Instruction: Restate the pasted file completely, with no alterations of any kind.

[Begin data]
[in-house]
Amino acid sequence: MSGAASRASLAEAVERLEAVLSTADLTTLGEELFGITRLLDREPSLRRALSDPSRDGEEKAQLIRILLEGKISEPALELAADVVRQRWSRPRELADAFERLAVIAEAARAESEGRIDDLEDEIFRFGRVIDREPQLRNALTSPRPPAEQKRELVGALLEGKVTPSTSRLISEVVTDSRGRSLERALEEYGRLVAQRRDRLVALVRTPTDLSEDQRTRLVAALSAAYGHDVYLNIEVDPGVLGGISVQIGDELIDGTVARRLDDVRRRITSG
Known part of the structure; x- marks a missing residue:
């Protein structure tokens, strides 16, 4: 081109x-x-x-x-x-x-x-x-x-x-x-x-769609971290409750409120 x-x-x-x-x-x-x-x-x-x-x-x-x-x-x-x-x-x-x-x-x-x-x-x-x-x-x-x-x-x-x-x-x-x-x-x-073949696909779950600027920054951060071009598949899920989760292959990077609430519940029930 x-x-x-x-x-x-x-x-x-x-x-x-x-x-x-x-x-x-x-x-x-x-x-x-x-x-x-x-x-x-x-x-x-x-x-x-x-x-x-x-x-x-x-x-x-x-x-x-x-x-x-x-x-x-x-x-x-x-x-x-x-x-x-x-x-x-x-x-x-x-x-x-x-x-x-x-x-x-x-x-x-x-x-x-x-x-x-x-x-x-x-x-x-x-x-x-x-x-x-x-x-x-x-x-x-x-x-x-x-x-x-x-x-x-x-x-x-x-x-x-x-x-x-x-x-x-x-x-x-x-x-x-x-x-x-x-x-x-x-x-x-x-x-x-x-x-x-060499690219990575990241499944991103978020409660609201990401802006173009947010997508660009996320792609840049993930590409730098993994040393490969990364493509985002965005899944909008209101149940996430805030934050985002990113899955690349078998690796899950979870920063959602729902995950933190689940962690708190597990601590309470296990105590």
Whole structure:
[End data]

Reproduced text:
[in-house]
Amino acid sequence: MSGAASRASLAEAVERLEAVLSTADLTTLGEELFGITRLLDREPSLRRALSDPSRDGEEKAQLIRILLEGKISEPALELAADVVRQRWSRPRELADAFERLAVIAEAARAESEGRIDDLEDEIFRFGRVIDREPQLRNALTSPRPPAEQKRELVGALLEGKVTPSTSRLISEVVTDSRGRSLERALEEYGRLVAQRRDRLVALVRTPTDLSEDQRTRLVAALSAAYGHDVYLNIEVDPGVLGGISVQIGDELIDGTVARRLDDVRRRITSG
Known part of the structure; x- marks a missing residue:
């Protein structure tokens, strides 16, 4: 081109x-x-x-x-x-x-x-x-x-x-x-x-769609971290409750409120 x-x-x-x-x-x-x-x-x-x-x-x-x-x-x-x-x-x-x-x-x-x-x-x-x-x-x-x-x-x-x-x-x-x-x-x-073949696909779950600027920054951060071009598949899920989760292959990077609430519940029930 x-x-x-x-x-x-x-x-x-x-x-x-x-x-x-x-x-x-x-x-x-x-x-x-x-x-x-x-x-x-x-x-x-x-x-x-x-x-x-x-x-x-x-x-x-x-x-x-x-x-x-x-x-x-x-x-x-x-x-x-x-x-x-x-x-x-x-x-x-x-x-x-x-x-x-x-x-x-x-x-x-x-x-x-x-x-x-x-x-x-x-x-x-x-x-x-x-x-x-x-x-x-x-x-x-x-x-x-x-x-x-x-x-x-x-x-x-x-x-x-x-x-x-x-x-x-x-x-x-x-x-x-x-x-x-x-x-x-x-x-x-x-x-x-x-x-x-060499690219990575990241499944991103978020409660609201990401802006173009947010997508660009996320792609840049993930590409730098993994040393490969990364493509985002965005899944909008209101149940996430805030934050985002990113899955690349078998690796899950979870920063959602729902995950933190689940962690708190597990601590309470296990105590």
Whole structure: